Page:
138    <dd>Tell your project where it should get installed.</dd>
139  </dl>
140</ol>
141
142<p>That's it!  Now all you have to do is type <tt>gmake</tt> (or <tt>make</tt>
143if your on a GNU/Linux system) in the root of your object directory, and your
144project should build.</p>
145
146</div>
147
148<!-- *********************************************************************** -->
149<h2>
150  <a name="source">Source Tree Layout</a>
151</h2>
152<!-- *********************************************************************** -->
153
154<div>
155
156<p>In order to use the LLVM build system, you will want to organize your
157source code so that it can benefit from the build system's features.
158Mainly, you want your source tree layout to look similar to the LLVM
159source tree layout.  The best way to do this is to just copy the
160project tree from <tt>llvm/projects/sample</tt> and modify it to meet
161your needs, but you can certainly add to it if you want.</p>
162
163<p>Underneath your top level directory, you should have the following
164directories:</p>
165
166<dl>
167  <dt><b>lib</b>
168  <dd>
169  This subdirectory should contain all of your library source
170  code.  For each library that you build, you will have one
171  directory in <b>lib</b> that will contain that library's source
172  code.
173
174  <p>
175  Libraries can be object files, archives, or dynamic libraries.
176  The <b>lib</b> directory is just a convenient place for libraries
177  as it places them all in a directory from which they can be linked
178  later.
179
180  <dt><b>include</b>
181  <dd>
182  This subdirectory should contain any header files that are
183  global to your project.  By global, we mean that they are used
184  by more than one library or executable of your project.
185  <p>
186  By placing your header files in <b>include</b>, they will be
187  found automatically by the LLVM build system.  For example, if
188  you have a file <b>include/jazz/note.h</b>, then your source
189  files can include it simply with <b>#include "jazz/note.h"</b>.
190
191  <dt><b>tools</b>
192  <dd>
193  This subdirectory should contain all of your source
194  code for executables.  For each program that you build, you
195  will have one directory in <b>tools</b> that will contain that
196  program's source code.
197  <p>
198
199  <dt><b>test</b>
200  <dd>
201  This subdirectory should contain tests that verify that your code
202  works correctly.  Automated tests are especially useful.
203  <p>
204  Currently, the LLVM build system provides basic support for tests.
205  The LLVM system provides the following:
206  <ul>
207    <li>
208    LLVM provides a tcl procedure that is used by Dejagnu to run
209    tests.  It can be found in <tt>llvm/lib/llvm-dg.exp</tt>.  This
210    test procedure uses RUN lines in the actual test case to determine
211    how to run the test.  See the <a
212    href="TestingGuide.html">TestingGuide</a> for more details. You
213    can easily write Makefile support similar to the Makefiles in
214    <tt>llvm/test</tt> to use Dejagnu to run your project's tests.<br></li>
215    <li>
216    LLVM contains an optional package called <tt>llvm-test</tt>
217    which provides benchmarks and programs that are known to compile with the
218    LLVM GCC front ends.  You can use these
219    programs to test your code, gather statistics information, and
220    compare it to the current LLVM performance statistics.
221    <br>Currently, there is no way to hook your tests directly into the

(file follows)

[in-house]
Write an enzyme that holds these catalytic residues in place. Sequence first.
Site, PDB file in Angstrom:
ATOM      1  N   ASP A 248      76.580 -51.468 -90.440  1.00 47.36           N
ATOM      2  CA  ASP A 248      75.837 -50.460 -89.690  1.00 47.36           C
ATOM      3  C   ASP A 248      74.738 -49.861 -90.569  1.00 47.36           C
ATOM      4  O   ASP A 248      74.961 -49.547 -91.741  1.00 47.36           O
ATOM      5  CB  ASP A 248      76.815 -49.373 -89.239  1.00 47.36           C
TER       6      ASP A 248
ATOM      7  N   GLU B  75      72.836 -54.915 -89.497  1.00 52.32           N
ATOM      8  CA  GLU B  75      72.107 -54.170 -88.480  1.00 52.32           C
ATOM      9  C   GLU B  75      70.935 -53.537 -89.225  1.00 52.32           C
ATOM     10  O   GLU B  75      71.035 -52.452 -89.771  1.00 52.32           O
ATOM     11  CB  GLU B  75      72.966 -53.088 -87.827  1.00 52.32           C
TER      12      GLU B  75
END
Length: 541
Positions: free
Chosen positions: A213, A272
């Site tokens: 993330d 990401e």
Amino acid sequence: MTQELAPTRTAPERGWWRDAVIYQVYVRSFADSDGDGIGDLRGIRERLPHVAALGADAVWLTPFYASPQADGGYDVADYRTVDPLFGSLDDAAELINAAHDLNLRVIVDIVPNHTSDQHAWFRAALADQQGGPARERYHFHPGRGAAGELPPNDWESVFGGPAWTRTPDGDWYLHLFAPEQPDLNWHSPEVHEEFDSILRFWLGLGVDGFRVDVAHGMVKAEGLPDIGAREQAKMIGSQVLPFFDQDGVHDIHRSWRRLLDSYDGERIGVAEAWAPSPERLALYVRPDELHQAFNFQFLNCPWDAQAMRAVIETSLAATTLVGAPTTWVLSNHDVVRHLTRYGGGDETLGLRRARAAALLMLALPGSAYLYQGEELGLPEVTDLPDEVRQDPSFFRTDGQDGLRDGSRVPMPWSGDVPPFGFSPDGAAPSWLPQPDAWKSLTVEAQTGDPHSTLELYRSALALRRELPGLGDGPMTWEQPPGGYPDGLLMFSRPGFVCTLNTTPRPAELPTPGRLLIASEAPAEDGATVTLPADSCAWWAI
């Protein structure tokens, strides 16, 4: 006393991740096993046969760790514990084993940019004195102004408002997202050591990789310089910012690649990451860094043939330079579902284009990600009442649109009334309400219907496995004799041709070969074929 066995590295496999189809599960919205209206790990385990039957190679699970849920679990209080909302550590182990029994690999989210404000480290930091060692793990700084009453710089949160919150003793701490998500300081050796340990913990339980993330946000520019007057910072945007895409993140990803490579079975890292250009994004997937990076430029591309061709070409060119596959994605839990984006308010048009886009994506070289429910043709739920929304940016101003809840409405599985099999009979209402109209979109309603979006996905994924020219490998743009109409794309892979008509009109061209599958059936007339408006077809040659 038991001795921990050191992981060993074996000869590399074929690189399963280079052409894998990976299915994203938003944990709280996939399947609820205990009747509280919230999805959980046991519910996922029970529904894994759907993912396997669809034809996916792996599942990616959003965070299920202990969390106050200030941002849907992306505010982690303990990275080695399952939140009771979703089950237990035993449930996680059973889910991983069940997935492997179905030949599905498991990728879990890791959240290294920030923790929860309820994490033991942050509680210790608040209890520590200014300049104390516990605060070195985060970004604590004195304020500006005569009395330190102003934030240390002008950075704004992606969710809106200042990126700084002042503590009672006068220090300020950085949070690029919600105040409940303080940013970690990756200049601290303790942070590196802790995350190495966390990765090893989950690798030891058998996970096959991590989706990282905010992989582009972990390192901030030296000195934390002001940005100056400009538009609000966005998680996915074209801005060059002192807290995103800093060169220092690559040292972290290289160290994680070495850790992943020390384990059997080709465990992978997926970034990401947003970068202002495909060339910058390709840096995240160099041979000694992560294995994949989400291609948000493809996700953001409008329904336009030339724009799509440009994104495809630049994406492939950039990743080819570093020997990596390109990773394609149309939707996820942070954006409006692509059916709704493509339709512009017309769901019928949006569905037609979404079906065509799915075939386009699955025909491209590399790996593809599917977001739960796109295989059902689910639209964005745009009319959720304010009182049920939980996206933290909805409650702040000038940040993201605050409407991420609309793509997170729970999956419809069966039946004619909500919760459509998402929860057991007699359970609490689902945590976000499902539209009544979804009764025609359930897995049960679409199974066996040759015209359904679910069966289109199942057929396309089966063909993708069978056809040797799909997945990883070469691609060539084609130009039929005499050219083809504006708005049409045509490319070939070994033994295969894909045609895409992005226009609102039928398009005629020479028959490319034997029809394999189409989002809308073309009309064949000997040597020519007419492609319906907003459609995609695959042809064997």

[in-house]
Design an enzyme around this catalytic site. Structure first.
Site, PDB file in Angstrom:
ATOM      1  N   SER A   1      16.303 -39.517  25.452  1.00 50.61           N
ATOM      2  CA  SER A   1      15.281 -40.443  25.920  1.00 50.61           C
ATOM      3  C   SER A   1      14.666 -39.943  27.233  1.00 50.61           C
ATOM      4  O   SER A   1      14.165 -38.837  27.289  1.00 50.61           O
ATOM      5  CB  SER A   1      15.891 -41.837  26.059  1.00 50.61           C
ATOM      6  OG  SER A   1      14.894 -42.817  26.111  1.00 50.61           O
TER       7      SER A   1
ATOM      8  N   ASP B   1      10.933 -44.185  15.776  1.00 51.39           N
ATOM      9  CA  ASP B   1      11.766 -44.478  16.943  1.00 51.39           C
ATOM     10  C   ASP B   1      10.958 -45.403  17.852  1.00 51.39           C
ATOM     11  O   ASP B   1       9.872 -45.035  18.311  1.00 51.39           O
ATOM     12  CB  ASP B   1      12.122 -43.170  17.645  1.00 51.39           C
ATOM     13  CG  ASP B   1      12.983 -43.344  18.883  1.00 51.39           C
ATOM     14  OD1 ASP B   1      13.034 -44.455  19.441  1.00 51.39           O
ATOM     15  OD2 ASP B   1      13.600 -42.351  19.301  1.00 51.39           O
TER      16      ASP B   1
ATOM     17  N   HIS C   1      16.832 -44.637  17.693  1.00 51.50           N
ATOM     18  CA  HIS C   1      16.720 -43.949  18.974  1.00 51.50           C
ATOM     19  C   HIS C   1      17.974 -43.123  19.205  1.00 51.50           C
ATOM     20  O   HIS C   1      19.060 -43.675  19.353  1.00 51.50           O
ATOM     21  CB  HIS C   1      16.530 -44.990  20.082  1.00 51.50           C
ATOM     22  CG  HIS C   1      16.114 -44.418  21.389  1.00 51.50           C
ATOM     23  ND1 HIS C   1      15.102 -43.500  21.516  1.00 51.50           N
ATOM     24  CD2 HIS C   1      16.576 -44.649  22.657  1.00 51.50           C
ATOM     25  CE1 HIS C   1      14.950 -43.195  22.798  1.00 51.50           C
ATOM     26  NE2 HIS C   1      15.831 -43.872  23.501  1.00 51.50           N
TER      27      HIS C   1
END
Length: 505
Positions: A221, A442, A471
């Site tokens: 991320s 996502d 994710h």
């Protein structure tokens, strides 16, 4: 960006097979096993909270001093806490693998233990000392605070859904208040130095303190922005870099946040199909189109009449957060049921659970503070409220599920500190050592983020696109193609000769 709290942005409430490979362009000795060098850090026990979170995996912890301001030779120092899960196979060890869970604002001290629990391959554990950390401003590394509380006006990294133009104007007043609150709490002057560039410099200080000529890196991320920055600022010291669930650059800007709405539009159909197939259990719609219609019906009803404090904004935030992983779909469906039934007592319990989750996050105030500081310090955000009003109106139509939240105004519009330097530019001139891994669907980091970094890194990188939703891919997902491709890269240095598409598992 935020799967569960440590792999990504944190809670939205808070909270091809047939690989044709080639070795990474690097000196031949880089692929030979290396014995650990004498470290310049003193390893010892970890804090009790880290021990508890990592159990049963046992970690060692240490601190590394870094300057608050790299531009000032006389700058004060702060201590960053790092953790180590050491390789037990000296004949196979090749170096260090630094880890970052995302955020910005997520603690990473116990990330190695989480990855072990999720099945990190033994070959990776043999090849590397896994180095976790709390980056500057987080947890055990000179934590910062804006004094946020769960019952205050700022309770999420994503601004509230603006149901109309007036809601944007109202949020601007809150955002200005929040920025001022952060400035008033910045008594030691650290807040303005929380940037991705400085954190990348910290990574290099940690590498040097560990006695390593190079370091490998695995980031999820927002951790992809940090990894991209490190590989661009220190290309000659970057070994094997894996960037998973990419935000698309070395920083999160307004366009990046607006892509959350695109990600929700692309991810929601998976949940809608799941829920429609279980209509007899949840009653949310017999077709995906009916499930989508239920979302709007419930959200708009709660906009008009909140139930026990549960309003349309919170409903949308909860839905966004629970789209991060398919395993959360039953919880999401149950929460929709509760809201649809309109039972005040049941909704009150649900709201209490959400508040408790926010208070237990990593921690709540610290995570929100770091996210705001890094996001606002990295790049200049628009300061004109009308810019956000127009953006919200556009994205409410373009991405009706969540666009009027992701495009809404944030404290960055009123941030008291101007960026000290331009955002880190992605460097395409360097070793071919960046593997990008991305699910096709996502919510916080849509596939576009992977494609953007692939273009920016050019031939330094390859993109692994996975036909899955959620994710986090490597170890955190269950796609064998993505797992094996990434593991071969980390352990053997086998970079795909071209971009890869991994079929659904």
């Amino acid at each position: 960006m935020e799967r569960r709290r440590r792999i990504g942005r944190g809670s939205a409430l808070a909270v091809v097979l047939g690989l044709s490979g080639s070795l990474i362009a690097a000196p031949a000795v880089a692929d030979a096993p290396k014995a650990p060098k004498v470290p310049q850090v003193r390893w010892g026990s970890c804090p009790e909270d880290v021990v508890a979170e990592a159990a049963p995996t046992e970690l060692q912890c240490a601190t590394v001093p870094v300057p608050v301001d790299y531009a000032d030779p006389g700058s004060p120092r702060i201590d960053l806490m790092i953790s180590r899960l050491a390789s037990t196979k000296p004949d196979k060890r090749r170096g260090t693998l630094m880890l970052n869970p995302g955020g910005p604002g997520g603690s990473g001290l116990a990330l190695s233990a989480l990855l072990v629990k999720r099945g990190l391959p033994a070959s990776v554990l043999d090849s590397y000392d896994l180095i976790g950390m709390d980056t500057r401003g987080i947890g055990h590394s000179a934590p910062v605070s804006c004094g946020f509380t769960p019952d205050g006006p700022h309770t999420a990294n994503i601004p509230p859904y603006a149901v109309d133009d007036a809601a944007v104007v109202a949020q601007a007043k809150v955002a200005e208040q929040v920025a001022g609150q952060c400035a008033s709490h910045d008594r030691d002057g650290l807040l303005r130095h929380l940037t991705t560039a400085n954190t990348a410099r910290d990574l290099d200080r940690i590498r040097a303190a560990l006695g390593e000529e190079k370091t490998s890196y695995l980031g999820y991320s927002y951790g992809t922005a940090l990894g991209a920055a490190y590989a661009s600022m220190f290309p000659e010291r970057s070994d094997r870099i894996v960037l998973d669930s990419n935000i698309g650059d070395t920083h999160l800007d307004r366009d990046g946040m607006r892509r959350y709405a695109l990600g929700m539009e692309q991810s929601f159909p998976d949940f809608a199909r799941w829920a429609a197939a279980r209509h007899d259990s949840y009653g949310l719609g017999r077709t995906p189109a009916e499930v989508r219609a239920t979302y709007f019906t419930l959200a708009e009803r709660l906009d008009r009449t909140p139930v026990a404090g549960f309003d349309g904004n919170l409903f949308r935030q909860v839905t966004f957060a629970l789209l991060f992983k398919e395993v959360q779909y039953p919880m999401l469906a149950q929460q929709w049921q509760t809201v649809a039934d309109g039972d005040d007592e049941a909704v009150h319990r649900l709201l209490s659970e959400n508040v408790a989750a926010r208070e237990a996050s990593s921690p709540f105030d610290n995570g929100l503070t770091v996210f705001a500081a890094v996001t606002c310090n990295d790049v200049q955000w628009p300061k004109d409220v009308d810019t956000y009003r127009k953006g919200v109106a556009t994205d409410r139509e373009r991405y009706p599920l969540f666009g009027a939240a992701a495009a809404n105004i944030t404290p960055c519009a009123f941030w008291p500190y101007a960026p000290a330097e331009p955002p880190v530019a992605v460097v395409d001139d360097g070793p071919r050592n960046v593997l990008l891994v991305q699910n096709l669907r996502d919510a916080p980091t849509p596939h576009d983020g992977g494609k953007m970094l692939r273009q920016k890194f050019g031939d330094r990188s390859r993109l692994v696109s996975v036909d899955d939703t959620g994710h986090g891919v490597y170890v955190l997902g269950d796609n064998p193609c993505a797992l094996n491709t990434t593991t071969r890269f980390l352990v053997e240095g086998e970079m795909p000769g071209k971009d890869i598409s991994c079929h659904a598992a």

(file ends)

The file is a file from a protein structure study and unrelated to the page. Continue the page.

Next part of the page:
222    <tt>llvm/test</tt> testing harness.  You will simply
223    need to find a way to use the source provided within that directory
224    on your own.
225  </ul>
226</dl>
227
228<p>Typically, you will want to build your <b>lib</b> directory first followed by
229your <b>tools</b> directory.</p>
230
231</div>
232
233<!-- *********************************************************************** -->
234<h2>
235  <a name="makefiles">Writing LLVM Style Makefiles</a>
236</h2>
237<!-- *********************************************************************** -->
238
239<div>
240
241<p>The LLVM build system provides a convenient way to build libraries and
242executables.  Most of your project Makefiles will only need to define a few
243variables.  Below is a list of the variables one can set and what they can
244do:</p>
245
246<!-- ======================================================================= -->
247<h3>
248  <a name="reqVars">Required Variables</a>
249</h3>
250
251<div>
252
253<dl>
254  <dt>LEVEL
255  <dd>
256  This variable is the relative path from this Makefile to the
257  top directory of your project's source code.  For example, if
258  your source code is in <tt>/tmp/src</tt>, then the Makefile in
259  <tt>/tmp/src/jump/high</tt> would set <tt>LEVEL</tt> to <tt>"../.."</tt>.
260</dl>
261
262</div>
263
264<!-- ======================================================================= -->
265<h3>
266  <a name="varsBuildDir">Variables for Building Subdirectories</a>
267</h3>
268
269<div>
270
271<dl>
272  <dt>DIRS
273  <dd>
274  This is a space separated list of subdirectories that should be
275  built.  They will be built, one at a time, in the order
276  specified.
277  <p>
278
279  <dt>PARALLEL_DIRS
280  <dd>
281  This is a list of directories that can be built in parallel.
282  These will be built after the directories in DIRS have been
283  built.
284  <p>
285
286  <dt>OPTIONAL_DIRS
287  <dd>
288  This is a list of directories that can be built if they exist,
289  but will not cause an error if they do not exist.  They are
290  built serially in the order in which they are listed.
291</dl>
292
293</div>
294
295<!-- ======================================================================= -->
296<h3>
297  <a name="varsBuildLib">Variables for Building Libraries</a>
298</h3>
299
300<div>
301
302<dl>
303  <dt>LIBRARYNAME
304  <dd>
305  This variable contains the base name of the library that will
306  be built.  For example, to build a library named